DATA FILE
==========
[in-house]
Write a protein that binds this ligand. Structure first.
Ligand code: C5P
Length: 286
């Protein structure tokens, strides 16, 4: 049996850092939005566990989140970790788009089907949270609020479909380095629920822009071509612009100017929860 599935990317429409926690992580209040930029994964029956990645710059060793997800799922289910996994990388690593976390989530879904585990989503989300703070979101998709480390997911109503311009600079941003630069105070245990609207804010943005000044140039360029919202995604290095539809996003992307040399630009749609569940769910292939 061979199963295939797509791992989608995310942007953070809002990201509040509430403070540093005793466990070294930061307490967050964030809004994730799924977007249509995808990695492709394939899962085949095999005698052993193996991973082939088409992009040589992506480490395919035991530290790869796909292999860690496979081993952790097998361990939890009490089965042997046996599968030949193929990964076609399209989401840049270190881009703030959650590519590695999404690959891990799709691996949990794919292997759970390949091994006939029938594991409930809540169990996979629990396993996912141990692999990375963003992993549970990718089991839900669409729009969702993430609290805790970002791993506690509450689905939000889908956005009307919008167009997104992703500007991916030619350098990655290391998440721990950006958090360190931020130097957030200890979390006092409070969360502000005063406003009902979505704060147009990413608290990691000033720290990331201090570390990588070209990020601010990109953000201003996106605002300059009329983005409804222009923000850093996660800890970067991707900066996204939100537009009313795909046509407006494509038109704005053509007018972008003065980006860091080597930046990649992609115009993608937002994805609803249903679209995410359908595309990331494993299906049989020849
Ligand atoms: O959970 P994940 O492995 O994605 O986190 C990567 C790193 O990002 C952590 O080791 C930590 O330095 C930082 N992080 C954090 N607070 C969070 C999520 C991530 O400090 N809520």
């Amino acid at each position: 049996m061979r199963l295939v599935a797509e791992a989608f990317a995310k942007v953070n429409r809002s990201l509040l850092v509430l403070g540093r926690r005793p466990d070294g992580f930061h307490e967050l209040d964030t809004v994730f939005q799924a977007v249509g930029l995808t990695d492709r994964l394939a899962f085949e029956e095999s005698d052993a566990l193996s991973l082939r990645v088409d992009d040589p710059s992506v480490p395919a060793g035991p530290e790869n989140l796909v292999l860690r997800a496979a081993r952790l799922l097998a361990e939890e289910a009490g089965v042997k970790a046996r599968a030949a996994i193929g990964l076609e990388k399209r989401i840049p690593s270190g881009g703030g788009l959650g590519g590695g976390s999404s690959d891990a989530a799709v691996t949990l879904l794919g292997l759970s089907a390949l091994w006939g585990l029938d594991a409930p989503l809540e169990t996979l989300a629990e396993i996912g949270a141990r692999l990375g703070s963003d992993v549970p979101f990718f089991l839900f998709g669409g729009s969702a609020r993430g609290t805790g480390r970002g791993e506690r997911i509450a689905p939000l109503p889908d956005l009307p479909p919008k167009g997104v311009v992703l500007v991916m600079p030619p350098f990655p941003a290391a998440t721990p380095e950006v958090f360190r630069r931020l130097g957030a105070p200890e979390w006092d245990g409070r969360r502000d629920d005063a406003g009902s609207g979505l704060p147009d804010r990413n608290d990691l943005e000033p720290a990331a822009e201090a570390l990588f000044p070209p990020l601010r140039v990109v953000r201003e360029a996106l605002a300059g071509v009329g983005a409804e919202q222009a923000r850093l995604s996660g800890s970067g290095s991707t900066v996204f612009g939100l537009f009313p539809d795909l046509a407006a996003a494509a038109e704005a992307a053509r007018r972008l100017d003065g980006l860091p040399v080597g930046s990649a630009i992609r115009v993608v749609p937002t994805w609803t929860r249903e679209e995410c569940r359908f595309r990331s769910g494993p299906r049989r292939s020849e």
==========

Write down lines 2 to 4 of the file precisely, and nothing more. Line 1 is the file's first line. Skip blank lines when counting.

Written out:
Write a protein that binds this ligand. Structure first.
Ligand code: C5P
Length: 286